Furthermore, it was good to finally see some meaningful synergies come out of the Alstom acquisition ($850 million). The company announced on the earnings call that more synergies should come in the fourth quarter which sounds encouraging. Investors need to look at the big picture here. Although Alstom only contributed $0.01 in earnings to Q3's bottom line, the backlog has now increased to $32 billion, which is over $3 billion more than when GE took control of the company last November. Furthermore, orders came in at $12.7 billion for the quarter as new key clients were signed up by the company. I acknowledge that the earnings number looks very poor from a margin point of view as Alstom revenues came in at $9.2 billion for the third quarter. However, investors have to look at the long-term picture here. In fact, GE is guiding between $0.15 to $0.20 in earnings per share, exclusively from Alstom in 2018. I foresee GE significantly increasing the service revenue from Alstom's robust top line which will make a big impact on the company's earnings due to the higher realized margins the company derives from service contracts.

Plenty Of Cash To Reward Shareholders

In terms of rewarding shareholders, GE announced that an additional $4 billion would be added to the buyback program. I acknowledge that many investors would have preferred a dividend increase but I see a substantial one coming in 2017. Buybacks are a good play right now as earnings per share will increase, which should consequently move the share price accordingly. However, a reduction of the shares is not going to be the principle driver of this company going forward. Its going to be orderly growth and the fourth quarter of this year should (with 4% organic revenue growth guided) get the ball rolling towards the CEO's target of $2.00 operating earnings in 2018.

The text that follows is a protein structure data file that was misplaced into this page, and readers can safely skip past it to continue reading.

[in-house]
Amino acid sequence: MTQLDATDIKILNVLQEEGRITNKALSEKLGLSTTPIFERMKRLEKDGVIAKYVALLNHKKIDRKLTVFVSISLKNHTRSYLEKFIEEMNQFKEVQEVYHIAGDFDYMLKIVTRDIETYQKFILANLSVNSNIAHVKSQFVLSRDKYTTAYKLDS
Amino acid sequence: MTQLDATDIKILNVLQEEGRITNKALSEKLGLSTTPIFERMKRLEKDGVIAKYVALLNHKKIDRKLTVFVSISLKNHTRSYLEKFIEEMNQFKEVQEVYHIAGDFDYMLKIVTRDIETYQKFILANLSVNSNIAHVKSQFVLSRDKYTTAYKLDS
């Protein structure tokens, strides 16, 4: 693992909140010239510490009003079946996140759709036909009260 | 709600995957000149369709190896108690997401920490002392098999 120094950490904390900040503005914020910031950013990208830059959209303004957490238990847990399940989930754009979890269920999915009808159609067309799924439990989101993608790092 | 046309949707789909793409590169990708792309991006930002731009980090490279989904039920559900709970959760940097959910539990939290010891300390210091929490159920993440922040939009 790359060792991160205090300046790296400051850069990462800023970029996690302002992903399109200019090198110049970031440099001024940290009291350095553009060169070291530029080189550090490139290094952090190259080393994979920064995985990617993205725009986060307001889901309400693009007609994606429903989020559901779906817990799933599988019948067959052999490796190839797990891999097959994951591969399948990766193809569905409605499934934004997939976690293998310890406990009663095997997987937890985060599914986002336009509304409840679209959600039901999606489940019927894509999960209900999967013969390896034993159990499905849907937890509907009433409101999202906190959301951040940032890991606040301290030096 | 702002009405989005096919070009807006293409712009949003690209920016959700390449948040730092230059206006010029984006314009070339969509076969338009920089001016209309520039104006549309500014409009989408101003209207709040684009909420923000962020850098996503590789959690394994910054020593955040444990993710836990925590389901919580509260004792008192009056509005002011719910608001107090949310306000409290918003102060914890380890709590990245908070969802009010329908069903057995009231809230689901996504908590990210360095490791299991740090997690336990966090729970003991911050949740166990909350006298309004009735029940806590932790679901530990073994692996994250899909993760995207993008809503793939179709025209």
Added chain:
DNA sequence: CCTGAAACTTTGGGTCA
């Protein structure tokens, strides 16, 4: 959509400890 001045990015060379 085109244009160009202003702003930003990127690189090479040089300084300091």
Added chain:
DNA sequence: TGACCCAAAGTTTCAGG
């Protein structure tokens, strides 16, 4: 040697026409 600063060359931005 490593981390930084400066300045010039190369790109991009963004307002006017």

GE is Expected To Grow Earnings By 12% In 2017. I Believe This Growth Is Not At All Priced In

This is really the crux of the issue here. GE is expected to do up to $2.00 in earning per share in 2018. If we look at the chart below, we can see that the last time this company managed to pull in these types of earnings, the share price was well north of $34 a share. This is the range I believe this stock will at least get back to. Why? Well, just look at the company's core divisions.GE Power reported almost a 40% increase in the third quarter with aviation going up by 5%. GE also reported a strong quarter in healthcare (5% growth) and the digital and software division continues to go from strength to strength. I just believe the company is in much better shape than it was in 2006 due to the return to its industrial roots.



To sum up, GE stock (although having reduced its 2016 organic sales growth guidance) is still an attractive long term dividend play. Why? Well, shareholders are about to get at least a 6 to 8% dividend increase early next year. Furthermore, the stock is still undervalued when you look at its long-term earnings projections. I maintain my assertion that if the GE stock price drops more, start scaling into it aggressively.

Jack Foley Jack Foley   on Amigobulls :
Author's Disclosures & Disclaimers:
  • I do not hold any positions in the stocks mentioned in this post and don't intend to initiate a position in the next 72 hours
  • I am not an investment advisor, and my opinion should not be treated as investment advice.
  • I am not being compensated for this post (except possibly by Amigobulls).
  • I do not have any business relationship with the companies mentioned in this post.